If you do nothing else, heed me on this. Food, water, T-shirts, everything and anything costs many times more in these areas than something literally one block over. Get exploring and get off those tourist strips (in Havana it’s Obispo street and you’ll likely know it immediately!).
Almost every single vendor and store (unless prices are clearly marked) give you a price about double of what they’d be willing to take. They say $15? Ask for it for $7 and work your way up from there to a price you feel good about. This holds especially true in the artisan markets, but the key to any truly successful haggle is you must be willing to walk away.
Also, I feel it worth mentioning, that you should always consider what the item is worth to you and not ask for a bargain just for a bargain’s sake. Likely, if you are travelling, you have more financial means than the locals. So be kind and generous and pay fair for work you probably couldn’t – or wouldn’t – do.
Tourist activities are where you can really rack up some costs, but they also vary a ton. An hour in one of the pimped out vintage cars will run you about $50 CUC. But the hop-on-hop-off buses are only $10 CUC. Museums were between $5-8 CUC and many of the things worth seeing and doing are totally free.
I have been to Havana several times and spent almost no money on tourist activities – for me, it’s really about wandering and noticing and listening, basically using all of your senses to experience it wholly – totally free 😉
If you keep your eyes open, you’ll find some places that are meant for locals and where you can get an entire pizza or big bowl of pasta for less than $1 CUC. But the pricing will be in Pesos and so it might be confusing.
Here’s how to keep it straight: Remember that 24 Pesos = 1 CUC and it should be obvious (most of the time) what something costs. You will never have to pay 25 CUC for a pasta (I would hope!), so if you see pasta with the price of 25 next to it, it’s likely priced in Pesos and you can therefore assume it’s only going to cost you $1!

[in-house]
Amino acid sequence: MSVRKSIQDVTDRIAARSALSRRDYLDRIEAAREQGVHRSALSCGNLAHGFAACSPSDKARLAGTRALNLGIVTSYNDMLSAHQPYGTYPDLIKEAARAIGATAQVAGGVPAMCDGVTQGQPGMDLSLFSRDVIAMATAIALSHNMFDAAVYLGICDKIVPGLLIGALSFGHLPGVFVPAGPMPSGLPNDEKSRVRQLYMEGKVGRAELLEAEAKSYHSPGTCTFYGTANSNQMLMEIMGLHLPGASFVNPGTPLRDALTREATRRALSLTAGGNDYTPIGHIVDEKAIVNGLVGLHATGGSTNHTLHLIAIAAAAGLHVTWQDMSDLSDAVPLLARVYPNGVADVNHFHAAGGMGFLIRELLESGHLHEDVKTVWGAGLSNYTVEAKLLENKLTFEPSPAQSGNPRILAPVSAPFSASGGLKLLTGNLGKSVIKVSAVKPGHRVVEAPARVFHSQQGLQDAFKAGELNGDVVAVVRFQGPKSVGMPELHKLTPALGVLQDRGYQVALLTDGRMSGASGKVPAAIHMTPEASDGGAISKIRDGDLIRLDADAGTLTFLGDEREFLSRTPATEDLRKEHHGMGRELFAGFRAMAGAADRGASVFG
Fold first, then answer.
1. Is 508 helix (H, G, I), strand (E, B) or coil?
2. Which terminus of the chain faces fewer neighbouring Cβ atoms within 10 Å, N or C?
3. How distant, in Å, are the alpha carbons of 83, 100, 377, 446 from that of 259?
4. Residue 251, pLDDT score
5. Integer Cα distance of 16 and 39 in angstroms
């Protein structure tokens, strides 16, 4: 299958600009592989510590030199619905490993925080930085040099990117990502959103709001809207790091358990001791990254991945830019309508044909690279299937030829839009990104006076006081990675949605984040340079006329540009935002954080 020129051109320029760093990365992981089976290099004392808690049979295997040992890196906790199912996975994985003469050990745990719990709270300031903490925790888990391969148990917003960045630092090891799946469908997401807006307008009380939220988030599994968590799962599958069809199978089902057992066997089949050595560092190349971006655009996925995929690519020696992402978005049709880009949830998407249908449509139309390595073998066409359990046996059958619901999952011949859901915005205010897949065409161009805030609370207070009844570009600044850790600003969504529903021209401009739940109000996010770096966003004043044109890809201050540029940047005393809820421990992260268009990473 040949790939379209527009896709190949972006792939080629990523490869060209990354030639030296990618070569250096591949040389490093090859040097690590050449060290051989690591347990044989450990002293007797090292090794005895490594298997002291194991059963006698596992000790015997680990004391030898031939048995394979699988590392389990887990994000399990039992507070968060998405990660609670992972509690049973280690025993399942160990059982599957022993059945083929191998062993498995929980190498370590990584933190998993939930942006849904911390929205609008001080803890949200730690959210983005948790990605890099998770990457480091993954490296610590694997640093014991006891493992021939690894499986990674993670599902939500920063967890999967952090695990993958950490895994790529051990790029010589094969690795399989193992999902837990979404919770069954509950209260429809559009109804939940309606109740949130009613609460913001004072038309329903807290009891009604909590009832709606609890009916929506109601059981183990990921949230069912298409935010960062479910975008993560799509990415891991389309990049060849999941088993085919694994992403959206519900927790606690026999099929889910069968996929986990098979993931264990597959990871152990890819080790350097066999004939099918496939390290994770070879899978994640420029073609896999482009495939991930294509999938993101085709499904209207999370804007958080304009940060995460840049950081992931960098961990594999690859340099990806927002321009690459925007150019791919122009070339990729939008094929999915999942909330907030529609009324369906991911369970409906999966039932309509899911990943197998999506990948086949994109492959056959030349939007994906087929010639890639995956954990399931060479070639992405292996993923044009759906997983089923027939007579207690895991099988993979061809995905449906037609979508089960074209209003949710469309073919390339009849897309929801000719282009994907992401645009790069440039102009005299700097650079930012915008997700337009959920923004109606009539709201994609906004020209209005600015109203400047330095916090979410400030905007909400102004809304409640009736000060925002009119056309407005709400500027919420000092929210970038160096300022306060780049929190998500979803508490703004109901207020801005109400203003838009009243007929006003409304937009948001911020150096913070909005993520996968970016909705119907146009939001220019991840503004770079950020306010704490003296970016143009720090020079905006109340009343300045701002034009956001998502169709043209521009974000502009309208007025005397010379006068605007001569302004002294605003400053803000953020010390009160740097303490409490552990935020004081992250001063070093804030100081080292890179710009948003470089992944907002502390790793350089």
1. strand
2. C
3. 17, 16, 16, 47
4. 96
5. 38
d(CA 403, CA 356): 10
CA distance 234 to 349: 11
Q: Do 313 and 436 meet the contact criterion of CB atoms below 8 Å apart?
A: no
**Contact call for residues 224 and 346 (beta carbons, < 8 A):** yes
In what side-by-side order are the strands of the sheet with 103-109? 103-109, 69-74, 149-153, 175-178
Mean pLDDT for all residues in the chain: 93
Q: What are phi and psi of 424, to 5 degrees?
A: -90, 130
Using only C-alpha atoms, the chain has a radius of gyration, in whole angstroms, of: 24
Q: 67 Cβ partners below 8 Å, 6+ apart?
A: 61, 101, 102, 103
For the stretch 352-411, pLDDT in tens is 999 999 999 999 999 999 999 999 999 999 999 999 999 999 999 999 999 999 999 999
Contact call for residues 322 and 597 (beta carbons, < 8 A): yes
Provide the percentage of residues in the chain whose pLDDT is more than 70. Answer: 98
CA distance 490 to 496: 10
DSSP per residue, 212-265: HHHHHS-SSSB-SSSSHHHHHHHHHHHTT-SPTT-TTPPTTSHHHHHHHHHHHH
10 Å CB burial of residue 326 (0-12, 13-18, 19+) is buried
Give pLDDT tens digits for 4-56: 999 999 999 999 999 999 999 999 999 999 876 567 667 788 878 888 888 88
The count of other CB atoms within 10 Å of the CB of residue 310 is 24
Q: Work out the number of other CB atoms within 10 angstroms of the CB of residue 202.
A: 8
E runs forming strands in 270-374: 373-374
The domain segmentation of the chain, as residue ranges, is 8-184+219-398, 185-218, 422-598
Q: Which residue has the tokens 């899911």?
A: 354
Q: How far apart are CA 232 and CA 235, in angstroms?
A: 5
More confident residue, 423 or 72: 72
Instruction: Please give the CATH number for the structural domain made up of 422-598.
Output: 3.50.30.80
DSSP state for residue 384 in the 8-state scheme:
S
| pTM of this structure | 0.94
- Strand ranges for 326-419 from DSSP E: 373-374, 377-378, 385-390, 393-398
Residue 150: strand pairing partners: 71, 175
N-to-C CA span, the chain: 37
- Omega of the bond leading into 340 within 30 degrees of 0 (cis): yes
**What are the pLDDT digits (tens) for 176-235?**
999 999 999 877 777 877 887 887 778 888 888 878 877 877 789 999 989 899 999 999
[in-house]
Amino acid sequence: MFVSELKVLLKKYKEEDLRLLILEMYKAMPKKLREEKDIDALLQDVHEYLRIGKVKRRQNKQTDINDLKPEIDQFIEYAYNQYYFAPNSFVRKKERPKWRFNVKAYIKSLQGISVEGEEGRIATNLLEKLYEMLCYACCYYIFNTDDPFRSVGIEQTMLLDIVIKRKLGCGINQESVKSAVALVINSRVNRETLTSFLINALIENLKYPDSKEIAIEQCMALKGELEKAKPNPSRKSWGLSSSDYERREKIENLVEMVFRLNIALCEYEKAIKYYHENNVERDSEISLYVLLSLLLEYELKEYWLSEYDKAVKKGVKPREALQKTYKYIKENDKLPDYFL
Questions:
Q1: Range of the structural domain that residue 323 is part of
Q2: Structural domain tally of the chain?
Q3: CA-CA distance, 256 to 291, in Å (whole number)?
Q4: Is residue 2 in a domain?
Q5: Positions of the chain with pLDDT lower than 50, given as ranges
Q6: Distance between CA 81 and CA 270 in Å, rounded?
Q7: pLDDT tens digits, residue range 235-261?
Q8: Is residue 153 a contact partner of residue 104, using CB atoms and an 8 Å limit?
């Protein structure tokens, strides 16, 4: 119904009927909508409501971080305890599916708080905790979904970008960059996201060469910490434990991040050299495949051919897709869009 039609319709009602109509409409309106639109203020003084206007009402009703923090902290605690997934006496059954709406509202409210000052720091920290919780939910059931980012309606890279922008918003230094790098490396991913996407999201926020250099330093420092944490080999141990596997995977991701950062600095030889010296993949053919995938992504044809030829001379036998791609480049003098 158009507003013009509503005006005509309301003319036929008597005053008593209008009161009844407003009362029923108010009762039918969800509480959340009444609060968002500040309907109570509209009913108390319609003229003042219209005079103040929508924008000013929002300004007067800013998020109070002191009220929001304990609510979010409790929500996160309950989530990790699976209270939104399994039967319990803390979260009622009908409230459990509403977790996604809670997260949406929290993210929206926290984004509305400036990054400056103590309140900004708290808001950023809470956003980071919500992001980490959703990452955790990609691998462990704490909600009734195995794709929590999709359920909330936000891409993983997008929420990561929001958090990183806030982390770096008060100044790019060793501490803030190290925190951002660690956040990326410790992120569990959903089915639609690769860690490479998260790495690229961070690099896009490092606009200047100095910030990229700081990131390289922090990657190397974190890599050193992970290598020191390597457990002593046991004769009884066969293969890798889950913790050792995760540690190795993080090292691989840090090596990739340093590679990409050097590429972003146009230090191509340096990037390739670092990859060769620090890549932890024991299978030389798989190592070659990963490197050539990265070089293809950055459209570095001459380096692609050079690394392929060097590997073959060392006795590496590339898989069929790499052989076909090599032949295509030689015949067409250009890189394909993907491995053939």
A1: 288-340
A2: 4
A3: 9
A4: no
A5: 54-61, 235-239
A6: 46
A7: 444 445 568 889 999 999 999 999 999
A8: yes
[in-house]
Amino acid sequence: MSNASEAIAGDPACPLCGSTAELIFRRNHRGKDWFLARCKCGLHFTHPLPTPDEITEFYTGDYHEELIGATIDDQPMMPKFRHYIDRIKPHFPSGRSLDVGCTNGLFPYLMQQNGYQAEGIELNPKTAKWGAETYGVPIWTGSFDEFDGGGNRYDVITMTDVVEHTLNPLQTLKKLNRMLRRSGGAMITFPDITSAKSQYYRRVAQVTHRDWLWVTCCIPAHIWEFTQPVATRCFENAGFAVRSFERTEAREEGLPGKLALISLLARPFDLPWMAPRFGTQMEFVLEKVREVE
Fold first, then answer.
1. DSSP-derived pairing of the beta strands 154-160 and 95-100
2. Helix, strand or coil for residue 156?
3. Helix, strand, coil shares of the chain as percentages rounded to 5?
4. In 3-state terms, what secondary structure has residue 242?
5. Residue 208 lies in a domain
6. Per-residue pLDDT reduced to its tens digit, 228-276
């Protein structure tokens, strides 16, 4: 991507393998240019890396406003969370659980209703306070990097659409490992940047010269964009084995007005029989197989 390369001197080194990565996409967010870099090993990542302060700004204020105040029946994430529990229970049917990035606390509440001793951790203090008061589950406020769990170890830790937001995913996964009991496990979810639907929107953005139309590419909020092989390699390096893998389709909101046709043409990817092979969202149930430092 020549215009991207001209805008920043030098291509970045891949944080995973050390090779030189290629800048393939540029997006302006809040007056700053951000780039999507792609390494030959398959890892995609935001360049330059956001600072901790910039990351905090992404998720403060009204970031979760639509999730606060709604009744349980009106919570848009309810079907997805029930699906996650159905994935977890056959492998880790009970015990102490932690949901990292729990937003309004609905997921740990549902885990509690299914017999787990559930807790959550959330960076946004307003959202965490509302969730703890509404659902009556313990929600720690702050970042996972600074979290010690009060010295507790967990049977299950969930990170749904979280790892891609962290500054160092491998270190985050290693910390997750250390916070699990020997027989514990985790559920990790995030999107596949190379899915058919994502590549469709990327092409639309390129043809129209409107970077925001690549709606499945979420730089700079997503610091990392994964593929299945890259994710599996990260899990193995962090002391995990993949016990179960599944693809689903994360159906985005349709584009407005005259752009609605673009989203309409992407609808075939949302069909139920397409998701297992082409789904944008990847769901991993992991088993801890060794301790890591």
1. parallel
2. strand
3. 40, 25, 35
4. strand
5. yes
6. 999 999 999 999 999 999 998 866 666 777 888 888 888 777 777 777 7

Just ask if you’re not sure which currency they’re using.
This may be too advanced-budgeting for some of you 😉 and that’s totally fair. But you know those $1 pastas I talk about above? Ya, they’re often in HUGE portions and could easily feed you twice. But you may not have the option of packing them to go, or may have to pay for the packaging. Solution? Keep a simple, slim plastic container on hand and get two meals for that $1. Bonus points to you for also treating the Earth with care!
Spend your first day finding some markets that sell fruits and vegetables, find a bakery, ask about locating some eggs, and plan to eat at least one meal a day outside of a restaurant. This keeps costs down significantly and as an added bonus, tends to be a lot healthier.
That’s it! Remember, travel is much more about soaking in the sights and sounds than about doing, and you can have an amazing time even while keeping the belt cinched a bit tight.
Have fun and happy trails!
This site uses Akismet to reduce spam. Learn how your comment data is processed.